Psalm 42:1 Commentary + Memorization Tutorial

Memorize Psalm 42:1 with context

Verse of the Day 8.9.17 — Psalm 42:1

As the deer pants for streams of water,
so my soul pants for you, my God.1

כְּאַיָּל תַּעֲרֹג עַל־אֲפִיקֵי־מָיִם כֵּן נַפְשִׁי תַעֲרֹג אֵלֶיךָ אֱלֹהִים׃2

C4C Translation: As deer pant for streams of water, so my soul pants for you, God.





  1. Context
  2. Commentary
  3. Memorization
  4. Application

Context

Author:

This song is a maskil — “a kind of musical term or kind of song”3— of the “Sons of Korah” (Ps 42:1).

Who were the “Sons of Korah?”  Apparently, the sons of Korah or “Korahites”, were one of the most prominent families with regards to worship and leadership at the Temple (2 Chr 20:19, etc.).4 Korahites are thought to have descended from the tribe of Levi, and the division of Kohath (Ex 6:18, Num 16:1).5

There is much one could say concerning the debate surrounding the origins of the Korahites but, at present, it seems more pertinent to mention that the Korahites were renowned temple singers6— singers responsible for the so-called “Korahite Psalter” (Psalms 42, 44-49, 84-85, 87-88).7 After bringing the Ark of the Covenant to Jerusalem, King David placed the Korahites in charge of the music in the house of the LORD — the tabernacle, the precursor to Solomon’s Temple.8

Occasion

Scholars believe that Psalm 42 and 43 are actually one singular song — a song that could plausibly be entitled, “Why go I mourning?” (Ps 42:9, 43:2) or “Why, my soul, are you downcast?” (Ps 42:5, 11; 43:5). It appears to be a song sung by a temple singer(s) who has been exiled to the north (read more about the historical context concerning the Israelite exile here). The singer(s) cry out to God in lament, longing to return to the house of the LORD, before “turn[ing] his longing into resolute faith and hope in God himself.”9

Both Psalms 42 and 43 end with the same lines,

Why, my soul, are you downcast?
Why so disturbed within me?
Put your hope in God,
for I will yet praise him,
my Savior and my God (Ps 42:11; 43:9).10

Literary Context

Please see the Psalm 51:15 post for more literary context.

Commentary

As deer pant: The Hebrew word translated pant” is עָרַג (ʿârag, aw-rag),11 which means to “long for,”12 with a strong wish, desire, or yearning as “a figurative extension of the panting of an animal which is overheated or dehydrated.”13

Memorization

Application

One really must read the entire Psalm — and probably Psalm 43, as well — to feel the entire weight of this song. Like the psalmist, we can cry out to the LORD when our souls are downcast (Ps 42:6), when experiencing physical affliction (Ps 42:10), and when people taunt us for putting our hope in God (Ps 42:10).

Then, we also can remember the good times God has allowed us to have  — like the singer who recalls the times in the house of God, full of joyful shouting and praising (Ps 42:4).

Finally, we can put our hope in the LORD. As followers of Christ, we know that we will have various troubles in this world (Jn 16:33), we will endure various hardships (Ac 14:22; 2 Tim 4:5), and we will face various persecution (Jn 15:20; 2 Tim 3:12). But, we ought to remember that neither trouble, nor hardship, nor persecution, nor famine, nor nakedness, nor danger, nor sword shall separate us from the love of God in Christ (Rom 8:35). And, we can await the blessed hope — the appearing of our Lord and Savior Jesus Christ (Ti 2:13). Jesus will return to bring salvation — in the fullest sense of the word — to all who are waiting for Him (Heb 9:28).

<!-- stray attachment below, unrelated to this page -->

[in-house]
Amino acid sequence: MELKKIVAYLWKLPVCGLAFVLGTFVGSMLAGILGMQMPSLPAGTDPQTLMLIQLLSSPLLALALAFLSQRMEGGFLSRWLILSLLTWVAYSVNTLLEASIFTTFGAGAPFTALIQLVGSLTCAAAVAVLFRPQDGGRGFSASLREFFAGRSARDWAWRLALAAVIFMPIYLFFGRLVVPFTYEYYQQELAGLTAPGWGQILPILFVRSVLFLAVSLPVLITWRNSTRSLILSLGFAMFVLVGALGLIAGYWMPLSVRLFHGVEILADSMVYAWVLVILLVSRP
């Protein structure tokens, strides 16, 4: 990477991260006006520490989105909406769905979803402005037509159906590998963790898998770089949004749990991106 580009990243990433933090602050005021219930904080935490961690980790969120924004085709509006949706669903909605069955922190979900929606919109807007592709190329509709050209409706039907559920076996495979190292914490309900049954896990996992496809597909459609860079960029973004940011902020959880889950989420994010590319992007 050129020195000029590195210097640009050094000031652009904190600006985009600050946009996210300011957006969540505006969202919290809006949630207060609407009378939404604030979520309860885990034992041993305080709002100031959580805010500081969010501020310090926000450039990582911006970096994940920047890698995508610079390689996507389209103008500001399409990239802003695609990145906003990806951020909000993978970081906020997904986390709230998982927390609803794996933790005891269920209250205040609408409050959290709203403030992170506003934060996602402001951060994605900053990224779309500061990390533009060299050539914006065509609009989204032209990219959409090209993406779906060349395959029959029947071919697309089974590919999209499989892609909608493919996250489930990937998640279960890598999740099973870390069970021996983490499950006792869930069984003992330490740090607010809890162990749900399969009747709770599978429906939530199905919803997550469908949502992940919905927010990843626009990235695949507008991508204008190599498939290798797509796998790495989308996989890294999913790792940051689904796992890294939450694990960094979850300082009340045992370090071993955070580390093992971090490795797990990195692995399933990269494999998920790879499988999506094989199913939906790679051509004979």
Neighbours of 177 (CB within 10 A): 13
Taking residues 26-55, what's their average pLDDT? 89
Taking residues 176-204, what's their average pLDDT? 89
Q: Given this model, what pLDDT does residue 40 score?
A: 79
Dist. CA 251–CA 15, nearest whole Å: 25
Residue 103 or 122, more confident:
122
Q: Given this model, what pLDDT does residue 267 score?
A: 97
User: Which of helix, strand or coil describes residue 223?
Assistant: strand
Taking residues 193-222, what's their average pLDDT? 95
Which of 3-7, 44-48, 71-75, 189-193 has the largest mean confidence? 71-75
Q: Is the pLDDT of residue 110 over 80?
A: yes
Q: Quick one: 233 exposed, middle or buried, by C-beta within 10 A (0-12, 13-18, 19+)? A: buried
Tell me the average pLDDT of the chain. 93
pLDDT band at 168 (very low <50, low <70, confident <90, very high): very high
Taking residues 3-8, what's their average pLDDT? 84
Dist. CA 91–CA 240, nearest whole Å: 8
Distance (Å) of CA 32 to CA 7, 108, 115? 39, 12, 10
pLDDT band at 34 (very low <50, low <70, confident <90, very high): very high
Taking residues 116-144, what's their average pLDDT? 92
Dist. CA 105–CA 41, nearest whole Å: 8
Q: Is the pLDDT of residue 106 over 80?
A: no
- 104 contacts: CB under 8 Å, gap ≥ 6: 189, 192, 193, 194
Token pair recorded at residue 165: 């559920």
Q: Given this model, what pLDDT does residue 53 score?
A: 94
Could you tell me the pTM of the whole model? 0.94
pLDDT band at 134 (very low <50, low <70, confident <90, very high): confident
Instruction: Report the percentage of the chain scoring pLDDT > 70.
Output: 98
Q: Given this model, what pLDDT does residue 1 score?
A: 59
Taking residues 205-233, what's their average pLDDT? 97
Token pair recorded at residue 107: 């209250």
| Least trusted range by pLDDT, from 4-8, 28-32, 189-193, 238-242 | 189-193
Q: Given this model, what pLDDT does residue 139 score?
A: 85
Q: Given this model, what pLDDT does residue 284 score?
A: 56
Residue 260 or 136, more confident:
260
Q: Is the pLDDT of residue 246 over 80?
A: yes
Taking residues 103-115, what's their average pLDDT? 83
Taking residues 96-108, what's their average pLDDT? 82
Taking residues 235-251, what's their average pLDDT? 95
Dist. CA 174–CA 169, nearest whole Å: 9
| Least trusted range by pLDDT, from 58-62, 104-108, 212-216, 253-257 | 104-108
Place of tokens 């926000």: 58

A Christian worldview affords one a hope like none other.

Sources

  1. The New International Version (Grand Rapids, MI: Zondervan, 2011), Ps 42:1.
  2. The Hebrew Bible: Andersen-Forbes Analyzed Text (Francis I. Andersen; A. Dean Forbes, 2008), Ps 42:2.
  3. cf. Ps 32:1; 42:1; 44:1; 45:1; 47:8; 52:1; 53:1; 54:1; 55:1; 74:1; 78:1; 88:1; 89:1; 142:1; James Swanson, Dictionary of Biblical Languages with Semantic Domains : Hebrew (Old Testament) (Oak Harbor: Logos Research Systems, Inc., 1997).
  4. Rodney R. Hutton, “Korah (Person),” ed. David Noel Freedman, The Anchor Yale Bible Dictionary (New York: Doubleday, 1992), 100.
  5. Walter A. Elwell and Barry J. Beitzel, “Korahite, Korathite,” Baker Encyclopedia of the Bible (Grand Rapids, MI: Baker Book House, 1988), 1294.
  6. Ibid.
  7. Hutton, 100.
  8. Elwell, 1294
  9. Derek Kidner, Psalms 1–72: An Introduction and Commentary, vol. 15, Tyndale Old Testament Commentaries (Downers Grove, IL: InterVarsity Press, 1973), 183.
  10. The New International Version (Grand Rapids, MI: Zondervan, 2011), Ps 43:5.
  11. James Strong, A Concise Dictionary of the Words in the Greek Testament and The Hebrew Bible (Bellingham, WA: Logos Bible Software, 2009), 91.
  12. Francis Brown, Samuel Rolles Driver, and Charles Augustus Briggs, Enhanced Brown-Driver-Briggs Hebrew and English Lexicon (Oxford: Clarendon Press, 1977), 788.
  13. James Swanson, Dictionary of Biblical Languages with Semantic Domains : Hebrew (Old Testament) (Oak Harbor: Logos Research Systems, Inc., 1997).
About @DannyScottonJr 168 Articles
Imperfect servant striving to be an unapologetically apologetic ambassador for Jesus the Christ. Princeton University Alum | Palmer Theological Seminary Student